I also started speaking at local political and civic groups about lung cancer to educate people on the staggering facts about this underfunded disease that is the # 1 cancer killer in this country. Lung Cancer Alliance gave me the opportunity to make a difference. Through Lung Cancer Alliance, I found my voice as an advocate. Recently at the invitation of Lung Cancer Alliance, I had the opportunity to tell my Dad's story and advocate alongside fellow advocates on behalf of the Lung Cancer Mortality Reduction Act on Capitol Hill as part of their Capitol Forum. My work with their continued support continues at home to gain the support of my Congressman on this legislation.
Lung Cancer Alliance is an amazing organization that helps bring together people of varying backgrounds who share their connection to lung cancer whether through the loss of a friend or loved one or the fact that they are a survivor themselves. I have met an amazing group of people through this organization--people I am proud to call friends. I know everyone at Lung Cancer Alliance personally. They are friends on a mission working tirelessly to end the stigma associated with lung cancer. And so my journey with Lung Cancer Alliance continues. Next stop--running my next half-marathon as part of Team Lung Love Providence.
I discovered LCA when someone who was like a Mother to me was diagnosed with Stage 4 lung cancer. Lung Cancer Alliance was there to provide information and support. Though Merrillyn Stevens lost her battle with the disease only 10 months after her diagnosis, Lung Cancer Alliance carries on the fight for all. I have personally met and spoken with several members of their staff, and many of their advocates. This is a top-notch organization completely dedicated to reversing decades of stigma and supporting those currently struggling with lung cancer. I respect members of the staff so much for what they've accomplished in such a short amount of time with the limited resources they have. They are so knowledgeable and professional, and sooooo caring. With LCA on our side, I know that someday we will win the fight against this deadly disease.
Review from Guidestar
Words cannot describe how i feel about the LCA! I felt impowered the minute i met all who work for the LCA! Being an advocate, here in California, has not only been rewarding but has been making a difference.
My girlfriend Sheila died from lung cancer. We were friends for over 45 yrs! Watching her go through this devastating cancer was ,need i say, most difficult. I was blessed to go to CAPITOL HILL and help with the legislation process to get lung cancer noticed, to give information and tell our stories. I am mad as hell that we are he most underfunded,ignored and stigmatized cancer! Along with the LCA and here in SAN DIEGO with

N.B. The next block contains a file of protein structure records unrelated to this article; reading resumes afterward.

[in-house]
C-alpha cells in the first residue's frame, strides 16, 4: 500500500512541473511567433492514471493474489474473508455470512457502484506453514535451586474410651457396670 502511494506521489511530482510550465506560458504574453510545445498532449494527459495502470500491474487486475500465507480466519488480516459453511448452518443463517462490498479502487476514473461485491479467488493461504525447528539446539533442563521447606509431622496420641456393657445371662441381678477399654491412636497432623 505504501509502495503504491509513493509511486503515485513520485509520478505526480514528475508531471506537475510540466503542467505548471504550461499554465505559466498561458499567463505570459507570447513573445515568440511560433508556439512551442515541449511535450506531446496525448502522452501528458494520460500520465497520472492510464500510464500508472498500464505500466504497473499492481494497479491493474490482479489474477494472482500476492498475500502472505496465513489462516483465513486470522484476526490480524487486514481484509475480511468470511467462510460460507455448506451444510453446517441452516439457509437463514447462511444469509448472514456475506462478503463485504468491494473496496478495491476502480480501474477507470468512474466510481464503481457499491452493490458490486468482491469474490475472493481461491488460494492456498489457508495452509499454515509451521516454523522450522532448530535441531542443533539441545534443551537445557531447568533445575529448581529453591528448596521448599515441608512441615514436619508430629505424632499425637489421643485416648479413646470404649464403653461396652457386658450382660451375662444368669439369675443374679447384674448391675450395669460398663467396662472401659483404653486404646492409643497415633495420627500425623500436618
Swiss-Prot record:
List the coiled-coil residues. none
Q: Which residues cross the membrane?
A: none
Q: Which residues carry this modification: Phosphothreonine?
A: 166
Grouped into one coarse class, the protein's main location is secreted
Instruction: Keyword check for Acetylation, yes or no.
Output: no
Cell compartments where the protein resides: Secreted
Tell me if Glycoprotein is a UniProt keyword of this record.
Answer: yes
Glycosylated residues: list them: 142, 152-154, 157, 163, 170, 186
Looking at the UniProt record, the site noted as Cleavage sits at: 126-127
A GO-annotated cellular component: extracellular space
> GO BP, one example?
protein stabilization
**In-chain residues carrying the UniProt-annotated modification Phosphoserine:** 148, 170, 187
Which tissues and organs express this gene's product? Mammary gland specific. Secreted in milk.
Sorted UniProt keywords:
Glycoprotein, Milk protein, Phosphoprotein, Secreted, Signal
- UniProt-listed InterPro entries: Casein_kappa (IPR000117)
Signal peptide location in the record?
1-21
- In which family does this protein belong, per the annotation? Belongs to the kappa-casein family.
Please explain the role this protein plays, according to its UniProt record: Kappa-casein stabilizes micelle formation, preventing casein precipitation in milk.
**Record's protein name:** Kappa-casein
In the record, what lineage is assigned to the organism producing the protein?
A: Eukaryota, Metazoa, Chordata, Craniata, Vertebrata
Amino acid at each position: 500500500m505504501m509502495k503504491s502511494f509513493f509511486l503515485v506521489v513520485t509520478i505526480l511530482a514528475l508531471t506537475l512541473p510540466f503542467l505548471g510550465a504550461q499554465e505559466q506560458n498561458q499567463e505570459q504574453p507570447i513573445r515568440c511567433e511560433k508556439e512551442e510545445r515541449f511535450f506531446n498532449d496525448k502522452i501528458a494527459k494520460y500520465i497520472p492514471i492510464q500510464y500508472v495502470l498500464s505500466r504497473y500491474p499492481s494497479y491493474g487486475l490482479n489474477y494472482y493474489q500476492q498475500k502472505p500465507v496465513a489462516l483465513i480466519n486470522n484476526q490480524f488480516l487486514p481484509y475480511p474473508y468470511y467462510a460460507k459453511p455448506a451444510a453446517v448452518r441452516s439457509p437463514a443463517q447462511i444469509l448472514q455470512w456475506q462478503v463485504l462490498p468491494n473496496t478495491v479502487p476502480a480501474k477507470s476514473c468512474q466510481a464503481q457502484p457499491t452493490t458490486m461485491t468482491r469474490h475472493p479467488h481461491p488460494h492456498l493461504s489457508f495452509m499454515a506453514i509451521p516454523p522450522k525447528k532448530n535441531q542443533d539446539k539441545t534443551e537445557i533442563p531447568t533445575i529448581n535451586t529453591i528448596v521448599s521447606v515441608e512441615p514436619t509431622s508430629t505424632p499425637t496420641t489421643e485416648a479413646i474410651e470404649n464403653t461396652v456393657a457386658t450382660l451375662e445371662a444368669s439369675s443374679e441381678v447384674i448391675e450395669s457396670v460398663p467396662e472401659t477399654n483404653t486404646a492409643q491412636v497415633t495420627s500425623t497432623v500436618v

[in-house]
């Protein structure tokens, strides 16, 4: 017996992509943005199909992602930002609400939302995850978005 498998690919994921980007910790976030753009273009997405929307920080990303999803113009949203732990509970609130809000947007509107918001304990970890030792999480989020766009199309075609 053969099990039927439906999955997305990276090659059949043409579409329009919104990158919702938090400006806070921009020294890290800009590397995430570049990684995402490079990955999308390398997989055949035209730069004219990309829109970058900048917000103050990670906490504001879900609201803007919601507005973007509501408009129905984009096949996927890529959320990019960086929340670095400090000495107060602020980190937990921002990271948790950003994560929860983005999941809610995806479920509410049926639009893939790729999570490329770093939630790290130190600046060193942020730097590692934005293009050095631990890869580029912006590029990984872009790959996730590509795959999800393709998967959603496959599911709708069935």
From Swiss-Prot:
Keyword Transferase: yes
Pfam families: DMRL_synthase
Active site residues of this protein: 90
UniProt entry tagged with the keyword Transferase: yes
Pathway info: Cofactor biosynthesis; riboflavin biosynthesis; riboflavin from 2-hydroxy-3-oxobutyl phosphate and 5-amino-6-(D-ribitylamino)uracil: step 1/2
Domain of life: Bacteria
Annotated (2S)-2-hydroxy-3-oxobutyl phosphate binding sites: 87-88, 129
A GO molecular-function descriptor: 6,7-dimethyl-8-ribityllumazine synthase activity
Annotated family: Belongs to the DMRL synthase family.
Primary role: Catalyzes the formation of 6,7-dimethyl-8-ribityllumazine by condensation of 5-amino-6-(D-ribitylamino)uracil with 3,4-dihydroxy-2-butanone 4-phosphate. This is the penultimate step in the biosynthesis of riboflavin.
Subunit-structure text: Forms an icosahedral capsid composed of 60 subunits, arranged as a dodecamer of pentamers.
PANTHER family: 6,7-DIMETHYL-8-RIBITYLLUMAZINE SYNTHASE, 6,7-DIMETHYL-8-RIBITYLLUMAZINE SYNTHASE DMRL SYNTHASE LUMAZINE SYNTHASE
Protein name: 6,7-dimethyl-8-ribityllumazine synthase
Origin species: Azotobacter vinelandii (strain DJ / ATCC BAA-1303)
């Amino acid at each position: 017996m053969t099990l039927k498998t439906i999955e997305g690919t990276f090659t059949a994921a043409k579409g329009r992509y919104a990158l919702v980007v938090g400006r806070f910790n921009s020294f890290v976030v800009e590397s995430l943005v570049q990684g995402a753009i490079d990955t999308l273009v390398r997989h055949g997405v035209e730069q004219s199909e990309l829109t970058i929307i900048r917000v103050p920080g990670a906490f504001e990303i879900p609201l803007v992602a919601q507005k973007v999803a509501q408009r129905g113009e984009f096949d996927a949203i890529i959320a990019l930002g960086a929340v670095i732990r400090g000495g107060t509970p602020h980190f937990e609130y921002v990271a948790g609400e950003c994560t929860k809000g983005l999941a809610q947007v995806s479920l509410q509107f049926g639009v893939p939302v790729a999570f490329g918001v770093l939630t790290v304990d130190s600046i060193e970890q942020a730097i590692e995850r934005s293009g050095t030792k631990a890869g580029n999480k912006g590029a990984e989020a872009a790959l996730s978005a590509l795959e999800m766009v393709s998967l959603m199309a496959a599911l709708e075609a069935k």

BREATH OF HOPE, we all, the volunteers AND the survivors will fight to be on the same playing field. For us to have the goal of conquering this cancer, to rid this cancer from our human experience! LCA is amazing! They are strong and I am proud to belong to this loving,caring, group of people! Watch out!
Review from Guidestar
When my husband received the shocking diagnosis of lung cancer (he didn't have any easily identifiable risk factors at the time), we turned to the well-know cancer/lung organizations to volunteer for Lung Cancer Awareness Month. Their response? Nothing, really. They only focus on smoking (my husband was a lifelong adamant non-smoker). The one organization which did respond immediately - Lung Cancer Alliance. LCA not only helped us organize a rally in a matter of days, but they continued to provide direction, training and support to further our advocacy withiin the state. Eventually I became volunteer C-Chair for LCA-CA. In all my experiences with LCA, I have seen their determined persistence and unrelenting efforts in the face of overwhelming stigma and apathy toward the disease. They produce an immense amount of work with an unprecedented low number of paid staff. This was made abundently clear to me when I would note the times on their return calls/emails during the late night or very early mornings. I have seen an immense change in the level of public discussion and a new interest in the disease (rather than simply the issue of smoking) on the part of established organizations over the six years since my husband's diagnosis. This is due directly to the efforts of Lung Cancer Alliance. I whole heartedly recommend this organization. With a significant increase in resources and support, we CAN achieve the LCA goal of NO MORE LUNG CANCER!